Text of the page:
Liability-driven investment (LDI) has become an increasingly popular strategy as employers attempt to eliminate inflation and interest rate risks from occupational pension schemes, explains Ceri Jones
Broadly defined, liability-driven investment (LDI) is any investment strategy that benchmarks against a pension scheme’s individual liability profile. The phrase is typically applied to de-risking strategies developed for mature final-salary schemes, using swaps in order to remove inflation and interest rate risk. Swaps are effectively agreements between parties to exchange cashflows of their respective obligations.
Most LDI strategies will try to eliminate a pension fund’s interest and inflation risk. This is because the long-term nature of pension liabilities makes them highly sensitive to movements in interest rates, increasing by about 20% for every 1% fall in interest rates. But 1% change in rates will alter a pension fund’s asset value by just a few percent, depending on the asset mix.
Toby Baldwin, head of LDI at HSBC Investments, says: “Over the last 12 months, there has been greater acceptance of LDI strategies. We are also seeing more interest in these strategies on the part of small pension schemes as the best ideas filter down. LDI is an appropriate solution for all types of organisation. If you can eliminate the inflation and interest rate risks and achieve the same level of investment return, then clearly this is beneficial for every scheme.
“Typically, LDI is adopted where the pension scheme is large in relation to the company and poses risks to the accounting position, particularly where the funding position is not strong enough to allow a full buyout of the scheme.”
According to Mercer’s annual European survey of pension fund asset allocation, published in April, 20% of pension schemes, as listed by asset size, have already adopted LDI. This figure could double this year as strategies become more accessible and businesses consolidate their position on a pan-European basis.
Ability to manoeuvre
One reason LDI has taken off is that accounting standard FRS17 puts a company’s pension deficit onto its balance sheet, impairing its image among shareholders and its ability to manoeuvre in corporate activities such as mergers and acquisitions.
As the liquidity of swaps has improved, so their cost has also become affordable. Very broadly, an interest rate swap now costs about 0.5 basis points (0.05%) a year, while an inflation swap costs about 1 basis point (0.1%) a year. A 20-year inflation swap will therefore cost 20 basis points, but some of that premium will be made back by the higher yields on swaps than on government bonds, or gilts.
Ever since the Myners Code was introduced in 2001, trustees have faced an onslaught of increasingly onerous regulations and codes of practice governing their understanding of investment and the protection of members’ benefits. Charles Cowling, managing director of Pension Capital Strategies, says: “Now both sponsors and trustees are interested in de-risking, so risk management and LDI products are coming to the fore.”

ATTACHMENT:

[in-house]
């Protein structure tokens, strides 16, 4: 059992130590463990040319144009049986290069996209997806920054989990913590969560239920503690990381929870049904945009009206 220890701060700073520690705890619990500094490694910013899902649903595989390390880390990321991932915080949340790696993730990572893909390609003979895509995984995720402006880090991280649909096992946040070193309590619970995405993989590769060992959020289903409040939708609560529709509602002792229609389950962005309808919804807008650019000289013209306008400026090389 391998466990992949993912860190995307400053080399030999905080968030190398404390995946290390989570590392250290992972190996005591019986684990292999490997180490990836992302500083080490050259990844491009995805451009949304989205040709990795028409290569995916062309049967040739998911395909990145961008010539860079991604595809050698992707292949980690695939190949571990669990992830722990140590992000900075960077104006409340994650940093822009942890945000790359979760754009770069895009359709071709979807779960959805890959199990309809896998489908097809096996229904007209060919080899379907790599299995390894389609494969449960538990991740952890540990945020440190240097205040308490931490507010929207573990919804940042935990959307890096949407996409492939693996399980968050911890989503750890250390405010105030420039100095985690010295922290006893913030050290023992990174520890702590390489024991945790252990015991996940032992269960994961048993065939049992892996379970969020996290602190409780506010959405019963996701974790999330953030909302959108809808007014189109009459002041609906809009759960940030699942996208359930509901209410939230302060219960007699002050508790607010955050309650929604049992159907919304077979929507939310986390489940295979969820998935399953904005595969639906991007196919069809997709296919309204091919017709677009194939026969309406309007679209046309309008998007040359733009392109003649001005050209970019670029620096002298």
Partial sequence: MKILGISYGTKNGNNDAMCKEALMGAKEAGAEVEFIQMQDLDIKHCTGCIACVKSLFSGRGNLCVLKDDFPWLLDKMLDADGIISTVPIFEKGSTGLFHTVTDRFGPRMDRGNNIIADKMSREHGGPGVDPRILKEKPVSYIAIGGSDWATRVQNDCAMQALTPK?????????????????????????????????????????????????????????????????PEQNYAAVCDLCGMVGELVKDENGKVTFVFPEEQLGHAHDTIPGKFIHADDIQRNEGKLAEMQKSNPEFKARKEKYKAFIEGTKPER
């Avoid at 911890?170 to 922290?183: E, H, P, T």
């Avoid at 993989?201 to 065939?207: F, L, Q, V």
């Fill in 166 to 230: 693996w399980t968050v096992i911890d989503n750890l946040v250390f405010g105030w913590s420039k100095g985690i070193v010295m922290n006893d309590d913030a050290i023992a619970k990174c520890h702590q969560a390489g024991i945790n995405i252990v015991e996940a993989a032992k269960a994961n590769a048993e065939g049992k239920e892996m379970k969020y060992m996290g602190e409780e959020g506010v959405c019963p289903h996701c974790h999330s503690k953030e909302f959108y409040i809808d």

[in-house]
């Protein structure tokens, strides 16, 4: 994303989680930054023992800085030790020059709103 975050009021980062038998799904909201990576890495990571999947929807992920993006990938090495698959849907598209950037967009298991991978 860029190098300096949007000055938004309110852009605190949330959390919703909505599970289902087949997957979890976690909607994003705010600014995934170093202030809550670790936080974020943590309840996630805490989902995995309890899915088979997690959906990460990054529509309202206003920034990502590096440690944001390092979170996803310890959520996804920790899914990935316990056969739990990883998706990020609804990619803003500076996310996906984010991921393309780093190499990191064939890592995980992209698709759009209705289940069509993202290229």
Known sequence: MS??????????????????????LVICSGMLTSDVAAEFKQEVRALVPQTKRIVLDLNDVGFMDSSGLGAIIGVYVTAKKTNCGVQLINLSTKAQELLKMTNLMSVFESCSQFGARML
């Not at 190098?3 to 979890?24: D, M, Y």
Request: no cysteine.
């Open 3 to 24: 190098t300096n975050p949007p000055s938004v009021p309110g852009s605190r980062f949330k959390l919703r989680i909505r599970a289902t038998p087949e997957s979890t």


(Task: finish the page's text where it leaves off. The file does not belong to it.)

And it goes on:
Typically, the liabilities will be matched by using swaps and a portfolio of bonds. Putting derivatives in place can be difficult and costly for small schemes, but investment houses, such as Insight and Barclays Global Investors, offer pooled LDI funds that require less governance and paperwork, effectively allowing £20-30m-sized schemes to put an LDI strategy in place.
The drawback with LDI is that assets put to covering off liabilities will not be available to generate good returns and improve a scheme’s funding position. Any remaining assets over and above those required to match the liabilities will be used to generate the best possible investment returns, often quite aggressively in equities and alternative investments.
One solution that has attracted smaller schemes is diversified growth funds, which offer a cheap means of diversification across a wide range of alternate asset classes, such as currency and commodities. Smaller funds lack the scale to take meaningful positions in some of the most illiquid asset classes, such as property. Malcolm Jones, investment director at Standard Life, says: “When LDI was mentioned in bear markets, it was predominantly based around hedging interest rates and inflation. What we’ve seen is strategies can’t afford to be bond-only, so there has also been growth in diversified growth funds that look to generate cash plus 4%-5% but with a lot less risk.”
If you read nothing else, read this…
• Liability-driven investment is a strategy that benchmarks against a pension scheme’s individual liability profile, usually aiming to reduce inflation and interest rate risk.
• The regulatory environment for both trustees and sponsoring companies is strongly in favour of de-risking pension schemes.
• The drawback of LDI is that assets devoted to matching liabilities, using bonds and swaps, are not available to generate good returns and therefore do nothing to alleviate a scheme’s overall funding position. For this reason, any excess assets are often invested fairly aggressively.